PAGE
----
9. M 2021-08-07 06:55

    Within a 4 block radius of my home, there live a half dozen 20-25 year old men who mow lawns for a living. There are a dozen or so lawn mowing businesses already and there is really not much lawn to mow. In a town of less than 3000, I wonder why these people hang around instead of going to the jobs. But the fact is, they don’t want to work. Living at home is such a great alternative.

    I’ve mentioned the military to these boys, who I think could use the discipline but they don’t want to go to war. So I mention school and they don’t want to have to study. But the fact is, they have no motivation. And they don’t care.

    Without immigrant help in jobs like the pork industry, ag, hospitality, or any jobs our kids won’t do, there will such a shortage of labor, prices will increase, and the Republicans will whine when they can’t have their bacon.

  10. V 2021-08-07 07:15

    Huron has a large population of immigrants from Latin America. There was controversy, the opening of a turkey processing plant, fear of immigrants and then acceptance, embracement, and revival.

    Huron and Beadle County have benefited greatly from having such an open mind and loving heart. There is a population boon (like the 80’s), the schools are full, not many empty houses, and the economy is buzzing from their own hard work. Has nothing to do with the Noemites.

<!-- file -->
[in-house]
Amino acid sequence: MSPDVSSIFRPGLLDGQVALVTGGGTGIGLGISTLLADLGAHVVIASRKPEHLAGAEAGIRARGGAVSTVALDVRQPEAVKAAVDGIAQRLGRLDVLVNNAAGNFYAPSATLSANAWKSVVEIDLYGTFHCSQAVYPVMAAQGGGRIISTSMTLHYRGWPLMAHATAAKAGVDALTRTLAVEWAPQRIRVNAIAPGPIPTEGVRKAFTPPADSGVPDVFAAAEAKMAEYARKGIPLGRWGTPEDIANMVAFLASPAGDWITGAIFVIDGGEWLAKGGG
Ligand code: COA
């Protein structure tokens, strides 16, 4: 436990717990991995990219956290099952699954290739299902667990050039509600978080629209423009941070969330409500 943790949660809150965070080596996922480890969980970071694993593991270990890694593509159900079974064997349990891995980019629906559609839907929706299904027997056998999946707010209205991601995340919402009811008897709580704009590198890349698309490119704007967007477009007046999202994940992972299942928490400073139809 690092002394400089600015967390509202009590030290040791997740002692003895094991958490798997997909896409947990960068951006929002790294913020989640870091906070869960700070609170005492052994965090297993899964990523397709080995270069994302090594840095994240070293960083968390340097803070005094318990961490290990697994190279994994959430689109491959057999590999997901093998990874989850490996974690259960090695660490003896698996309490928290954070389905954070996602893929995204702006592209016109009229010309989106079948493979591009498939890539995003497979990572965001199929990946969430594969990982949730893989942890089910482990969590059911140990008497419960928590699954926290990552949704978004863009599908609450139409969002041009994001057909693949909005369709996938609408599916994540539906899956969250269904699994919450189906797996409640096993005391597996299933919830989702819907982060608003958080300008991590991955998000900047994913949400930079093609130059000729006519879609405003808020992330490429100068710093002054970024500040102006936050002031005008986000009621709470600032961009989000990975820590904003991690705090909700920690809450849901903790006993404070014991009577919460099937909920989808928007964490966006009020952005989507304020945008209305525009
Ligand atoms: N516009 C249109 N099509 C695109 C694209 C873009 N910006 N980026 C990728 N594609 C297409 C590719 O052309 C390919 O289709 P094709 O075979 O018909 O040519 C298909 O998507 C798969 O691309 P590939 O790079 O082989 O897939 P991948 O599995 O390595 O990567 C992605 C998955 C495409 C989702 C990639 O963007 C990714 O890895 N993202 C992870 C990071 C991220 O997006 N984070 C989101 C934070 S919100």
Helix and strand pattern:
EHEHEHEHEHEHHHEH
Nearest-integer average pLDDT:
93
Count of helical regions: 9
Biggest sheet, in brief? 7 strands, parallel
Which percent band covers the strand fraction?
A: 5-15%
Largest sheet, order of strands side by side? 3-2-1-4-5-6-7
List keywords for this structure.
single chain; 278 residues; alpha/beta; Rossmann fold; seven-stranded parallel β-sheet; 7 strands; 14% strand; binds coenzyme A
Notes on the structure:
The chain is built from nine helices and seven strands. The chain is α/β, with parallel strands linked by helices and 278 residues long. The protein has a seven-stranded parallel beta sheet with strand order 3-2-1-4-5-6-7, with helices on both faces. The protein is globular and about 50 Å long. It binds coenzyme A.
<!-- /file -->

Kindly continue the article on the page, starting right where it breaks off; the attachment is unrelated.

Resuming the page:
11. grudznick 2021-08-07 13:03

    Yes. Huron.

  12. Whitless 2021-08-07 14:18

    The current immigration system is too complicated, lengthy and expensive. The U.S. economy is hurt when jobs go unfilled because of a lack of immigrants to fill them.

  13. Porter Lansing 2021-08-07 14:18

    V is accurate.
    Watertown, however went the opposite direction.
    Immigrants are hated and nearly banned from the city limits.
    Thus, the town if floundering like a carp in the July sun.

  14. Arlo Blundt 2021-08-07 14:45

    Well..M has a point about young men whose visible lack of ambition and dependence on family is a good example of “learned helplessness”. They are quite comfortable living on the old homestead with their parents and picking up an occasional menial job for spending money. Frankly, there is a long South Dakota tradition of fostering this lifestyle. Perhaps they will happen upon a hard working woman who will provide for them. Grew up with a few of these guys, my Dad used to call them “Lillies of the Field”.

  15. Mark Anderson 2021-08-07 18:03

    Grudz, it was Huron, not urine, so why the urinary laugh?